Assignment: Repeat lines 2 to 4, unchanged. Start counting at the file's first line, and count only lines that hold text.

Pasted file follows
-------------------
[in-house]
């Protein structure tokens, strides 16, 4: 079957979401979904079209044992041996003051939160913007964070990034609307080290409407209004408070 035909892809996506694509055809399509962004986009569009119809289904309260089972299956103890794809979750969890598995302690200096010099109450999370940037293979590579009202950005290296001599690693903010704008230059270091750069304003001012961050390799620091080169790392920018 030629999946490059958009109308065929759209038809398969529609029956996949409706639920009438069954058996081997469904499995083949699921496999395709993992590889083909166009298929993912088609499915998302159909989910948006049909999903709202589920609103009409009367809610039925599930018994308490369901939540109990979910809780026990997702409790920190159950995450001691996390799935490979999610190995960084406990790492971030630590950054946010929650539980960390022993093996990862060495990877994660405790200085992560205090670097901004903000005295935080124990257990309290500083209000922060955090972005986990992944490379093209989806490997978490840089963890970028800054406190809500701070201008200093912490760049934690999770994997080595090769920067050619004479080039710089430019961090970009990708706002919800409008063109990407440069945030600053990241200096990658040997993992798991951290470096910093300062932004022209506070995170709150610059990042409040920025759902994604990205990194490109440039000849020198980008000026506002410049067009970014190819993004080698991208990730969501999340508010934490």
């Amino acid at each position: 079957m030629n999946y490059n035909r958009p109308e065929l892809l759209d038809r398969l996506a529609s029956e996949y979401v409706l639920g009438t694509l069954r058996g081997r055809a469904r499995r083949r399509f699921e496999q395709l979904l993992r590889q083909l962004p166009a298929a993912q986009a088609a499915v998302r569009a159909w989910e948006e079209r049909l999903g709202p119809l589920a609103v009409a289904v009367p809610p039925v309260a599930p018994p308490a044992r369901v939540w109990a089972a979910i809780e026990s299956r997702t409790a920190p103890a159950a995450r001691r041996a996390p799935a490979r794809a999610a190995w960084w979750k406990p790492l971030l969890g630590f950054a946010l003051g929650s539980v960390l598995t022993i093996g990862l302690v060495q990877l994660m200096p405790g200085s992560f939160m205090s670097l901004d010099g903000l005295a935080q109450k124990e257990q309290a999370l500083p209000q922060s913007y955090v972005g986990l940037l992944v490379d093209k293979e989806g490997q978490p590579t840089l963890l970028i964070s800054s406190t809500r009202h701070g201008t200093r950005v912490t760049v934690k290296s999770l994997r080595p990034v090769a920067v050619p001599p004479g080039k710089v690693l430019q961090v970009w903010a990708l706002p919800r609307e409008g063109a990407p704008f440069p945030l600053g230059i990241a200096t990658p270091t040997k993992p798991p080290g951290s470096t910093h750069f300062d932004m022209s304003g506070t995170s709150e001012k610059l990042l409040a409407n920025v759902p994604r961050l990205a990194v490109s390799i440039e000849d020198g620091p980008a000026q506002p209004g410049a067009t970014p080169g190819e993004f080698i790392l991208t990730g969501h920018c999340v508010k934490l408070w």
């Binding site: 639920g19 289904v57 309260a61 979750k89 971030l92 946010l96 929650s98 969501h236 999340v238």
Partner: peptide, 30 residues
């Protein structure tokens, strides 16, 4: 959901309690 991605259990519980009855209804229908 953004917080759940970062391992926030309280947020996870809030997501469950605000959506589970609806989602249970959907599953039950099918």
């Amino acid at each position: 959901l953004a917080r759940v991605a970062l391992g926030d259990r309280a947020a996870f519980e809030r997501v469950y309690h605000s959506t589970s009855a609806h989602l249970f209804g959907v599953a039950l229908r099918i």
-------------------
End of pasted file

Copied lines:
């Protein structure tokens, strides 16, 4: 079957979401979904079209044992041996003051939160913007964070990034609307080290409407209004408070 035909892809996506694509055809399509962004986009569009119809289904309260089972299956103890794809979750969890598995302690200096010099109450999370940037293979590579009202950005290296001599690693903010704008230059270091750069304003001012961050390799620091080169790392920018 030629999946490059958009109308065929759209038809398969529609029956996949409706639920009438069954058996081997469904499995083949699921496999395709993992590889083909166009298929993912088609499915998302159909989910948006049909999903709202589920609103009409009367809610039925599930018994308490369901939540109990979910809780026990997702409790920190159950995450001691996390799935490979999610190995960084406990790492971030630590950054946010929650539980960390022993093996990862060495990877994660405790200085992560205090670097901004903000005295935080124990257990309290500083209000922060955090972005986990992944490379093209989806490997978490840089963890970028800054406190809500701070201008200093912490760049934690999770994997080595090769920067050619004479080039710089430019961090970009990708706002919800409008063109990407440069945030600053990241200096990658040997993992798991951290470096910093300062932004022209506070995170709150610059990042409040920025759902994604990205990194490109440039000849020198980008000026506002410049067009970014190819993004080698991208990730969501999340508010934490």
């Amino acid at each position: 079957m030629n999946y490059n035909r958009p109308e065929l892809l759209d038809r398969l996506a529609s029956e996949y979401v409706l639920g009438t694509l069954r058996g081997r055809a469904r499995r083949r399509f699921e496999q395709l979904l993992r590889q083909l962004p166009a298929a993912q986009a088609a499915v998302r569009a159909w989910e948006e079209r049909l999903g709202p119809l589920a609103v009409a289904v009367p809610p039925v309260a599930p018994p308490a044992r369901v939540w109990a089972a979910i809780e026990s299956r997702t409790a920190p103890a159950a995450r001691r041996a996390p799935a490979r794809a999610a190995w960084w979750k406990p790492l971030l969890g630590f950054a946010l003051g929650s539980v960390l598995t022993i093996g990862l302690v060495q990877l994660m200096p405790g200085s992560f939160m205090s670097l901004d010099g903000l005295a935080q109450k124990e257990q309290a999370l500083p209000q922060s913007y955090v972005g986990l940037l992944v490379d093209k293979e989806g490997q978490p590579t840089l963890l970028i964070s800054s406190t809500r009202h701070g201008t200093r950005v912490t760049v934690k290296s999770l994997r080595p990034v090769a920067v050619p001599p004479g080039k710089v690693l430019q961090v970009w903010a990708l706002p919800r609307e409008g063109a990407p704008f440069p945030l600053g230059i990241a200096t990658p270091t040997k993992p798991p080290g951290s470096t910093h750069f300062d932004m022209s304003g506070t995170s709150e001012k610059l990042l409040a409407n920025v759902p994604r961050l990205a990194v490109s390799i440039e000849d020198g620091p980008a000026q506002p209004g410049a067009t970014p080169g190819e993004f080698i790392l991208t990730g969501h920018c999340v508010k934490l408070w």
């Binding site: 639920g19 289904v57 309260a61 979750k89 971030l92 946010l96 929650s98 969501h236 999340v238």